Memory Characteristics and Organization

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Memory is one of the important subsystems in a Computer. It is a volatile storage system that stores Instructions and Data. Unless the program gets loaded in memory in executable form, the CPU cannot execute it. CPU Interacts closely with memory for execution.

There are many other storage systems in a computer that share the characteristics with memory. So why have so many storage systems? Everyone desires to have very large, super fast and cheap storage. Storage cost varies depending on the type of storage. Memory devices are hierarchically connected to design a cost-effective memory. When we say memory, we refer to the main memory, commonly referred to as RAM.

Memory (Storage Device) Characteristics

Although Memory and Storage devices share many a characteristic, there is uniqueness in each one of them. Some of the most important characteristics are as below:

  • Access Time - The access time depends on the physical nature of the storage medium and the access mechanisms used. Refer to figure 17.1. At the bottom is access time in Milliseconds, while at the top of the triangle it is less than 10 ns.

    For memory, the access time can be calculated as the time difference between the request to the memory and service by memory.

  • Access Mode - Access mode is a function of both memory organization and the inherent characteristics of the storage technology of the device. Access mode has relevance to the access time. There are three types of access methods.
    • Random Access: If storage locations can be accessed in any order then access time is independent of the storage location being accessed. Ex: Semiconductor memory.
    • Serial Access: Memory whose storage locations can be accessed only in a certain predetermined sequence. Ex: Magnetic tape
    • Semi Random: The access is partly random and there apart serial. Ex: Hard disk, CD drives. It is random to locate the tracks and access within the track is serial.
  • Retention - This is the characteristic of memory relating to the availability of written data for reading at a later time. Retention is a very important characteristic in the design of a system.
    Storage Retention
  • Cycle Time - Is defined as the minimum time between two consecutive access operations. This is greater than the access time. Generally, when once access is over, there is a time gap required to start the next access, although minimal. Cycle time = Access time + defined time delay. Ex: You ask the shop keeper of what is the speed of the memory strip.
  • Capacity - Measured in Units of Bytes, Kilobytes, Megabytes, Gigabytes, Terabytes, Petabytes. In figure 17.1, the bottom of the triangle has a larger capacity and the ones at the top have the far lesser capacity. Ex: the Memory strip as 2GB, 4GB, Hard disk as 1TB, GPRs are 128 words.
  • Cost Per bit – Factors of cost per bit are Access time, Cycle time, Storage capacity, the purchase cost of the device and the hardware to use the device (controller). We don’t have much choice on this; designers care for this.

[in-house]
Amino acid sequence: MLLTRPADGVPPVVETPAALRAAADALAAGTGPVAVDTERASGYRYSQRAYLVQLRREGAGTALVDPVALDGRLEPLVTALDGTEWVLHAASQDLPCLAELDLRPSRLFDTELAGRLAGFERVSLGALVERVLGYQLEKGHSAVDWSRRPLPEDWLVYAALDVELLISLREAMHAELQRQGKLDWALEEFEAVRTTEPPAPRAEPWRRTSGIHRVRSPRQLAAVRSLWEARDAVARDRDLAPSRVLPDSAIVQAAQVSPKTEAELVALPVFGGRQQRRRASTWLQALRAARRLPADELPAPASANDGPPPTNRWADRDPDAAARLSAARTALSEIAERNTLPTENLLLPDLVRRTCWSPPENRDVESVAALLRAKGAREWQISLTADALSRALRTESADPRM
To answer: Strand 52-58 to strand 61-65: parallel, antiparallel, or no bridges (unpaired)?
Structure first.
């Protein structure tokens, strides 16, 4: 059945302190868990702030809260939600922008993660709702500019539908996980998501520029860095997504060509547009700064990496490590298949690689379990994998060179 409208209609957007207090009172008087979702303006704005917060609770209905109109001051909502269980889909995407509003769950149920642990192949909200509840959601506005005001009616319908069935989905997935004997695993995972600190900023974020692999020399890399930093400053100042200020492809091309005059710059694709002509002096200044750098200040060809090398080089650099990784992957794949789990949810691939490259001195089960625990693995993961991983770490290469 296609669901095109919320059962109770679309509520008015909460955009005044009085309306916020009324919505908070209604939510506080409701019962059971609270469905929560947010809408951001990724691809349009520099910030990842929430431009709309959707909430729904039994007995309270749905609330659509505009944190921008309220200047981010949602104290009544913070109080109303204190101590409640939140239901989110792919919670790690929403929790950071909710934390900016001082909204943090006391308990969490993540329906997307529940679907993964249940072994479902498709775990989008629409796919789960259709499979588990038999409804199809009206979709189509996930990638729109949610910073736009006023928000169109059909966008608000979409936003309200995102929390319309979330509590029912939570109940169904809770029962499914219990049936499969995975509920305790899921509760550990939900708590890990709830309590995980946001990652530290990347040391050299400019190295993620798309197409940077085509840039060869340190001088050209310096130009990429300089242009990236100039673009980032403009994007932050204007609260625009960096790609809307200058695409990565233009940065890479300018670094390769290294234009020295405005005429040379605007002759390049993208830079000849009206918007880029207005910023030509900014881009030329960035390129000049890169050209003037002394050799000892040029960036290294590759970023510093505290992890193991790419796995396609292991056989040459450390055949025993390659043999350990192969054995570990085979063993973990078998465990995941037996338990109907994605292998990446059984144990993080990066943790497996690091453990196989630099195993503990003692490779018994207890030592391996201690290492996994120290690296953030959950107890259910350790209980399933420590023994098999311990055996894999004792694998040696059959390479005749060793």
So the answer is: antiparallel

• Reliability – It is related to the lifetime of the device. Measured as Mean Time Between Failure (MTBF), in the units of days/years. Ex: Think of how frequently you replace your Hard disk while the CPU is still usable.
    Memory characterisation and hierarchy

Memory Hierarchy

There is a capacity/performance/price gap between each pair of adjacent levels of storage types (Refer figure 17.1). The objective of multilevel memory organisation is to achieve a good trade-off between cost, storage capacity and performance for the memory system as a whole.

Multilevel hierarchical memory is based on the principle of Locality of Reference i.e. the address generated by a program tend to be localised to successive address locations and therefore predictable. In figure 17.1, the unit of data movement between successive levels is also inscribed.

CPU Memory Interface

Level 0 to Level 3 of the storage devices are volatile memory subsystems which are accessed by CPU directly. The Level 4 and level 5 are storage devices which are classified as I/O devices and will be dealt with later as a separate category. So let us see about the CPU Memory Interface basics.

The CPU interacts with memory for two operations i.e READ or WRITE. READ is for getting either instructions or Data (Operands). Write is generally for writing results upon instruction execution. To access memory, the address of the memory location is required. This address is always loaded in the Memory Address Register (MAR) by the CPU. READ or WRITE operation is always carried out on the location specified by MAR. In the case of READ, the memory returns the data to the CPU while in the case of WRITE the data to be written onto the memory location is given by CPU. The data exchange happens via the Memory Data Register (MDR). The CPU communicates to the memory about the READ or WRITE activity as control signals. Also, some more signals to time the validity of information on the Address bus and Data bus are part of Control Signals.